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Scottish National Jazz Orchestra featuring the Mugyenko Taiko Drummers

RSAMD, 10th April 2010

The lights went down. A haze of smoke hung over the stage of the RSAMD. From different corners of the hall, the three members of the Mugyenko Taiko Orchestra wandered towards the stage, producing an unearthly high pitched sound by stroking the edge of the bells they were carrying. So began one of the most theatrical jazz concerts put on in Glasgow since Sun Ra’s Arkestra landed in the Mitchell Theatre.

The SNJO set up stage left, with an array of exotic Japanese drums to their right. At the back of this section were four relatively conventional drums, a bit like wooden versions of western floor toms. In front of those were three drums which looked like polished barrels, which could either be played standing on their end, or on their side with both drum heads accessible. Tucked away almost in the wings was a large gong. In the rear corner, towering over proceedings, was the stand which held the huge Odaiko drum, about the diameter of a pipe band’s bass drum but far longer, with its playing surface high above the drummer’s head so that he had to reach up to strike it.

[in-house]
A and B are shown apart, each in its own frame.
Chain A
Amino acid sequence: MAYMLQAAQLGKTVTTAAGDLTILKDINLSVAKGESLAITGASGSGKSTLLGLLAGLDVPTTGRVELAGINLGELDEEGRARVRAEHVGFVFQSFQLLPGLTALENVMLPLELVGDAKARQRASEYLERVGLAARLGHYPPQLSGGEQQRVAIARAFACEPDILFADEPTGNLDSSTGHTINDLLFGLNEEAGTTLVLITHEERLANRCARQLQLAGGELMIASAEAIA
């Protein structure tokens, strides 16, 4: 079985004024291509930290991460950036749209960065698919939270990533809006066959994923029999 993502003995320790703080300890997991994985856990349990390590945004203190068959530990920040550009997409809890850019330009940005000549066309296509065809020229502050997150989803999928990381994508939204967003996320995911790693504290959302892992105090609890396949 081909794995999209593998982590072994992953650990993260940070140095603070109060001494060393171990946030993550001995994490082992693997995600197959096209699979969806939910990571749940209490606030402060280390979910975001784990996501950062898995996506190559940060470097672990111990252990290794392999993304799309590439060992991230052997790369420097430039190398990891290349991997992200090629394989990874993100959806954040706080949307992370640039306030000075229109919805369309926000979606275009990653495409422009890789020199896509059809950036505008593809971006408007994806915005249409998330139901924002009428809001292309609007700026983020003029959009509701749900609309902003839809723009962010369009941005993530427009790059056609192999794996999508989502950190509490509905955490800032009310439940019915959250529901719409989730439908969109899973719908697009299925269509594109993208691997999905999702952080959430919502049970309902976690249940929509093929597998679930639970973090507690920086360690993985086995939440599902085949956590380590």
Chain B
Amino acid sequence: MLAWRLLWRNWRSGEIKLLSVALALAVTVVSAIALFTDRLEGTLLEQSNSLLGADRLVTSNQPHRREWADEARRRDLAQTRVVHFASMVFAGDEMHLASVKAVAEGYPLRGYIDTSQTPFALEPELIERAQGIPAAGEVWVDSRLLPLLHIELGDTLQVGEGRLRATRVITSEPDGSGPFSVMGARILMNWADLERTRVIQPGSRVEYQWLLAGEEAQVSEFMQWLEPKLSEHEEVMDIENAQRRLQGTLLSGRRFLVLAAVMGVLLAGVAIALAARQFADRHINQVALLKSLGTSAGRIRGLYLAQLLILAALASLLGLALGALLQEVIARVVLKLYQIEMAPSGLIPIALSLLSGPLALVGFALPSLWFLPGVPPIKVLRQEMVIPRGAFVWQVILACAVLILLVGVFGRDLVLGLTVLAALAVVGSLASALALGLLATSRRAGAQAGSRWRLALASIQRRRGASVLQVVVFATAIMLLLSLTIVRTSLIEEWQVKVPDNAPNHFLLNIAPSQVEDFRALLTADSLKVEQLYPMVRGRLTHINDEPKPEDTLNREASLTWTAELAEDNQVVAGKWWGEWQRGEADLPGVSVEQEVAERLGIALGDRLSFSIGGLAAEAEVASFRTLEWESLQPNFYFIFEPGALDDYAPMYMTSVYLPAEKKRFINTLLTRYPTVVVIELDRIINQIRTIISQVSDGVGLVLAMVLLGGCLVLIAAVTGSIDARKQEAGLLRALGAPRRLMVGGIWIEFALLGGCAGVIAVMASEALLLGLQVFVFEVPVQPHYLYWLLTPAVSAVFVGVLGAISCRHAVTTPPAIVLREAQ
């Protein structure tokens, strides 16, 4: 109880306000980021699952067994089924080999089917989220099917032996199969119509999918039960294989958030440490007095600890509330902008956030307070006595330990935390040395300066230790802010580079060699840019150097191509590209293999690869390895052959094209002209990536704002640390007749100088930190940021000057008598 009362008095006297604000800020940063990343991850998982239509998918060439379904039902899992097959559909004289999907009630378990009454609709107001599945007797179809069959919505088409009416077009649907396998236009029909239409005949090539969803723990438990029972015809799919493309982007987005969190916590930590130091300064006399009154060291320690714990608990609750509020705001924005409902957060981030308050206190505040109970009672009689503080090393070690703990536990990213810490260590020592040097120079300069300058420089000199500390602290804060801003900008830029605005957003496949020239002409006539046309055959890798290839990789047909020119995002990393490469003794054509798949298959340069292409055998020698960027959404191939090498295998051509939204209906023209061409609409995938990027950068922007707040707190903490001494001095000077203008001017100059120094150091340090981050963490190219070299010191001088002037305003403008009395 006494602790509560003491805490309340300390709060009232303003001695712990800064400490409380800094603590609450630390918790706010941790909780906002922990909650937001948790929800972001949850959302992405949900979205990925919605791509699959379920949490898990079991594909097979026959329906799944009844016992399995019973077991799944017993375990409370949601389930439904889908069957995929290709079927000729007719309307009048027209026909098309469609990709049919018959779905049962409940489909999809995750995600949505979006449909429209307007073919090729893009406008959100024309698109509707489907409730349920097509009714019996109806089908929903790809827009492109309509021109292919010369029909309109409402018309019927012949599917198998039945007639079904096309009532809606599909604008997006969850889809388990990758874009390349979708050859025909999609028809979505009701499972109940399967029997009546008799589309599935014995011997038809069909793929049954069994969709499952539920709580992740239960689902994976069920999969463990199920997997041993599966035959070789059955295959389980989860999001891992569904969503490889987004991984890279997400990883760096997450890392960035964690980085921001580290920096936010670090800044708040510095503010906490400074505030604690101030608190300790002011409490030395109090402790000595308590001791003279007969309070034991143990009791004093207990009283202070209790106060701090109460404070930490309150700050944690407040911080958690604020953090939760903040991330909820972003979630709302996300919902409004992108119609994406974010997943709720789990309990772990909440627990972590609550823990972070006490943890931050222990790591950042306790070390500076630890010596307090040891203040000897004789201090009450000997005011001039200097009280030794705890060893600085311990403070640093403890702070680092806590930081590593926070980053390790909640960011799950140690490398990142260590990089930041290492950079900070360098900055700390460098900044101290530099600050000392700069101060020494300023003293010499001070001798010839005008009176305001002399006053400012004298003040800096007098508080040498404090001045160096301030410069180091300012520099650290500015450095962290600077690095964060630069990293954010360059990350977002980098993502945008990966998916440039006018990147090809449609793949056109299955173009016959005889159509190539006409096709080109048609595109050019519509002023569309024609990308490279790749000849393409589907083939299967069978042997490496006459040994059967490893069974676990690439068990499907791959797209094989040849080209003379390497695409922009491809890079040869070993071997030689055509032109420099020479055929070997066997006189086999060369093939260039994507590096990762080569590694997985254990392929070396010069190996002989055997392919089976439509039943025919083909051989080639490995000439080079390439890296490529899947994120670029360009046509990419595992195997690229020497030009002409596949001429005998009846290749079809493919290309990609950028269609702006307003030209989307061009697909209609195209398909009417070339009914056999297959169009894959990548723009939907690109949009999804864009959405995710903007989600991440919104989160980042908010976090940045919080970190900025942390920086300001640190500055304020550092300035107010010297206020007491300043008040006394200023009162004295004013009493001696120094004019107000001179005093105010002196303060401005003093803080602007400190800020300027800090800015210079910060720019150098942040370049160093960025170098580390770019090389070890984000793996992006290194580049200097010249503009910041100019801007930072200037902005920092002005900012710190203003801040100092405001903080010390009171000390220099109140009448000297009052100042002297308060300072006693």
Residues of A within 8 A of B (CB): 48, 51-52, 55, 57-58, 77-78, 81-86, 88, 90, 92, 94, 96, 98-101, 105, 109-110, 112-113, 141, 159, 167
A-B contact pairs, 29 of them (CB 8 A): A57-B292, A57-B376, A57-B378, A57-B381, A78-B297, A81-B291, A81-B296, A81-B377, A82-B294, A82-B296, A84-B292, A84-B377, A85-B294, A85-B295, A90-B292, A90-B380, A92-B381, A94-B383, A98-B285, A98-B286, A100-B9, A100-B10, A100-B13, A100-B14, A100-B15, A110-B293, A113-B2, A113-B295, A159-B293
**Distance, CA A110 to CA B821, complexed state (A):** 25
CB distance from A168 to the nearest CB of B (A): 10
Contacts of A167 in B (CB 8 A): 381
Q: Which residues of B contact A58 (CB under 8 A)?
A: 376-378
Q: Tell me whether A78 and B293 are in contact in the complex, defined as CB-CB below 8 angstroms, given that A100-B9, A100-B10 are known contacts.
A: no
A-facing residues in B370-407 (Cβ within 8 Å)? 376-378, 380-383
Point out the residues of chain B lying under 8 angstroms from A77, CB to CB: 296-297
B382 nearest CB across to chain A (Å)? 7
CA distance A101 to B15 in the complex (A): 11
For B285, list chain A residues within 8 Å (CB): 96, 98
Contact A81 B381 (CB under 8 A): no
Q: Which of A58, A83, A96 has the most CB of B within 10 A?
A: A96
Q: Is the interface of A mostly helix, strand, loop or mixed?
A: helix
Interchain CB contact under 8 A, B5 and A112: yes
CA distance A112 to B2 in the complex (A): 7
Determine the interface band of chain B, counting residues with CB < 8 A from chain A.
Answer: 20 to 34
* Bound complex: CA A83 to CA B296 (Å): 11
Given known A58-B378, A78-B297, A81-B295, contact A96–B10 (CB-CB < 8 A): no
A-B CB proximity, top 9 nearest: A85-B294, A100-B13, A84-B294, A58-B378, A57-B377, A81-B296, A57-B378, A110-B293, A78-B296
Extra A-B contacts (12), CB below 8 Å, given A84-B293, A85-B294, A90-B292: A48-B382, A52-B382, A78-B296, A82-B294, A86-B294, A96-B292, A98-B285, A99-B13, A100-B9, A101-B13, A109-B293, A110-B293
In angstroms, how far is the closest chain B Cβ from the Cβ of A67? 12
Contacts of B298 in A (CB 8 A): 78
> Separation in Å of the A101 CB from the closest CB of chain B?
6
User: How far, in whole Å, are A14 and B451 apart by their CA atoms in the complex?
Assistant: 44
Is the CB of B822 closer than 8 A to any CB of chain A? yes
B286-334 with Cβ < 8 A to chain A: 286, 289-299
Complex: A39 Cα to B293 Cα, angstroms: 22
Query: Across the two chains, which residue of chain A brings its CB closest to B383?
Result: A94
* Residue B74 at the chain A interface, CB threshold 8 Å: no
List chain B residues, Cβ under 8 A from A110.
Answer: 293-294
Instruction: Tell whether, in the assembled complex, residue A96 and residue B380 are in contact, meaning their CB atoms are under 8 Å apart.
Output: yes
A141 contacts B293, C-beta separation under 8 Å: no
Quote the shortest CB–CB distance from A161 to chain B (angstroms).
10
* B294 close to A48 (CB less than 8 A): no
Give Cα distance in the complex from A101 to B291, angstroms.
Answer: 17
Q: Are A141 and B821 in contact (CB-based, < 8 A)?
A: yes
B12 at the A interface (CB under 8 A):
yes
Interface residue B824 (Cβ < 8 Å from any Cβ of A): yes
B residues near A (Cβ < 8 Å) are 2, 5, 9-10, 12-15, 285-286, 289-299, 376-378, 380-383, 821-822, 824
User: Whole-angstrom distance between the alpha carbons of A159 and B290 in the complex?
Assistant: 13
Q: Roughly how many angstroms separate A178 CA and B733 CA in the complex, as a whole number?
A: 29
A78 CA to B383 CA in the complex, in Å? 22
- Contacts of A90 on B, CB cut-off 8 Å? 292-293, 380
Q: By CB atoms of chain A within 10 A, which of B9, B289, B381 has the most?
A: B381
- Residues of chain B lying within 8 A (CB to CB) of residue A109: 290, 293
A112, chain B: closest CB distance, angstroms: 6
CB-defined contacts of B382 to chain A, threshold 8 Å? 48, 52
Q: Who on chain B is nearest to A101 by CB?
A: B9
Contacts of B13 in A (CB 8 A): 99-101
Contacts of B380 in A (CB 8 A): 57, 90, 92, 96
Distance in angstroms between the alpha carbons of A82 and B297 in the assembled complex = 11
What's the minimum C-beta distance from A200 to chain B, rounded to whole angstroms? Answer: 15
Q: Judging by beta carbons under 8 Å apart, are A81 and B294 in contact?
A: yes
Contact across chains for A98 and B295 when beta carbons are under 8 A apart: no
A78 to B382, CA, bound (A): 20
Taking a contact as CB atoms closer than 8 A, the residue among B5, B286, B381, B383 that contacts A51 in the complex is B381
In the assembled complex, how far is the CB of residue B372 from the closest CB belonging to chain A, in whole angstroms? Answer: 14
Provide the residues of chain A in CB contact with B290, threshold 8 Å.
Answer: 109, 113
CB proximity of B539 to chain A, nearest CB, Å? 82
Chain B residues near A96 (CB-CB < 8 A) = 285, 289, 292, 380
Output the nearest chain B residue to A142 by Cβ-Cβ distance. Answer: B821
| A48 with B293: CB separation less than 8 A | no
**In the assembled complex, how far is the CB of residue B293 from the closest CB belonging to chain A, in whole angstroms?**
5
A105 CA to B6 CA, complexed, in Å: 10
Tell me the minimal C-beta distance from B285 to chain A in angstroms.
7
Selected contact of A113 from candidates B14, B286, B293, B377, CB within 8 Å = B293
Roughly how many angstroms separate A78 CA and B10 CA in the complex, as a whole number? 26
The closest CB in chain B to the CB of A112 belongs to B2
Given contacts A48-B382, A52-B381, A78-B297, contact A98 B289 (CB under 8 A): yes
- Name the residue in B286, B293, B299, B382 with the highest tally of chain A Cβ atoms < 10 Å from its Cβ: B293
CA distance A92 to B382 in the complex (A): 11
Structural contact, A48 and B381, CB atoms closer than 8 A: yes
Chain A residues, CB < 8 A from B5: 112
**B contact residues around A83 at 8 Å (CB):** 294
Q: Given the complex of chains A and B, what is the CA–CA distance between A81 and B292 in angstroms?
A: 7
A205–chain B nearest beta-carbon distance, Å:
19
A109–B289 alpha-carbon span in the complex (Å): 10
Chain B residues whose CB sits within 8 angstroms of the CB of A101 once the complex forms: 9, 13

The set consisted of a suite “The World of the Gods” by Tommy Smith, made up of ten pieces each inspired by a different Shinto deity. It maybe wasn’t the most melodically memorable music the band have ever played, but there were some very interesting orchestral sounds: he seemed fond of getting the sax section to use high-pitched instruments, so that instead of the normal two tenors and two altos, we frequently got flute, clarinet and two sopranos. Several of the band got the chance to stretch out on long solos: as well as Smith himself, we heard trumpeters Ryan Quigley and Richard Iles, Steve Hamilton on keyboards, Calum Gourlay on bass, Phil O’Malley on trombone, Konrad Wiszniewski on tenor, Martin Kershaw on alto, Paul Towndrow on soprano and Chris Greive playing tribute to his Australian roots with a nifty didgeridoo solo.

For much of the performance, though, it was the Taiko drummers (two women and a man) who caught the eye. They had a very theatrical style of performing, standing with legs wide apart, and moving gracefully in a way which seemed to turn playing their instruments into a particularly noisy form of tai chi. For much of the time Alyn Cosker played along with them, so that in effect we had a percussion quartet with a big band playing over the top of them.

I’m not quite sure how interesting this music would have been to listen to at home on a CD, but live it was certainly a most striking show. As Rob Adams says in his Herald review, it would go down well at festivals. Incidentally, the picture of the Mugyenko Taiko Drummers which accompanies his review is a standard publicity shot, not a photo from this concert, where they were wearing black cotton jackets and trousers which looked like judo or karate wear.

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